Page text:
An increasing number of chip makers and system builders are bringing small processors into the server market. Already, SeaMicro has shoehorned 256 Atom CPUs into a single sever. Dell is doing something similar with Via's Nano. The idea is that these smaller processors squeeze more cores into less space. There's also the thought that pint-sized chips can offer better performance per watt than traditional server processors. With rack space at a premium and additional costs associated with power consumption and cooling, it's easy to see why administrators are considering the low-power route.
They just got another option to consider. Austin based start-up Calxeda has detailed its first ARM-based processor aimed at servers. This chip is based on a quad-core version of the ARM Cortex-A9 design that underpins the Apple A5 and Nvidia Tegra 2. The system-on-chip consumes 5W of power per node, including an unspecified amount of memory. Inside a single 2U server enclosure, Calxeda's reference design packs up to 120 nodes for a total of 480 cores.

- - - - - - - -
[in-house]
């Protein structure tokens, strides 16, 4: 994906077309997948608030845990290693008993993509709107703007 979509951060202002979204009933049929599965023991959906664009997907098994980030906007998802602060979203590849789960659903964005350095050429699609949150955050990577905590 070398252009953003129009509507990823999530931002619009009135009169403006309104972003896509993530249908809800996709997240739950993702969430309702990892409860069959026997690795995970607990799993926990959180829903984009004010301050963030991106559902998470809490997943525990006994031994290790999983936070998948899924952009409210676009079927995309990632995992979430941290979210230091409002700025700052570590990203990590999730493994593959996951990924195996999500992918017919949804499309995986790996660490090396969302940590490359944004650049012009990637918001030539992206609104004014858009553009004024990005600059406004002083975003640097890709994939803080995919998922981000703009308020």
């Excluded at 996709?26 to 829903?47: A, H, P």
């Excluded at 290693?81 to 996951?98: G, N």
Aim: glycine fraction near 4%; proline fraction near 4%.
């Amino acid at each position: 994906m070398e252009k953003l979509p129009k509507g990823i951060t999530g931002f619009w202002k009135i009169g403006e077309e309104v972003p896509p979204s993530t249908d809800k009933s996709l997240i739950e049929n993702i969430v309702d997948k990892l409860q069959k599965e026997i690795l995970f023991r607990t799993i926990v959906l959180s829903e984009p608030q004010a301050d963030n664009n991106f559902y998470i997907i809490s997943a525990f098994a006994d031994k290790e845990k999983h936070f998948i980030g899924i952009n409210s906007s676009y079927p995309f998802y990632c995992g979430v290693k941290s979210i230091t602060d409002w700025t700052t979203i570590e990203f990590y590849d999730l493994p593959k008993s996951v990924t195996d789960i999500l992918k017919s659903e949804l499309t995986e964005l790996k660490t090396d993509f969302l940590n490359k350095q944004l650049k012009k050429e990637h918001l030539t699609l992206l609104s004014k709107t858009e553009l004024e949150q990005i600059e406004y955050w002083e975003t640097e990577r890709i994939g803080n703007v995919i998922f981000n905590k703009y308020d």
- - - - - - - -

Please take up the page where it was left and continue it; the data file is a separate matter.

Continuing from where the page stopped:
There's no timetable for an official release, and Calxeda doesn't hint when products based on its chip might start to appear. The company will probably want them out soon, since there's about to be competition in the ARM server space from a more familiar name. Nvidia has made no secret of its Project Denver effort to deliver a high-performance ARM CPU for servers. There are no details on when we might see the first fruits of that effort emerge, though.
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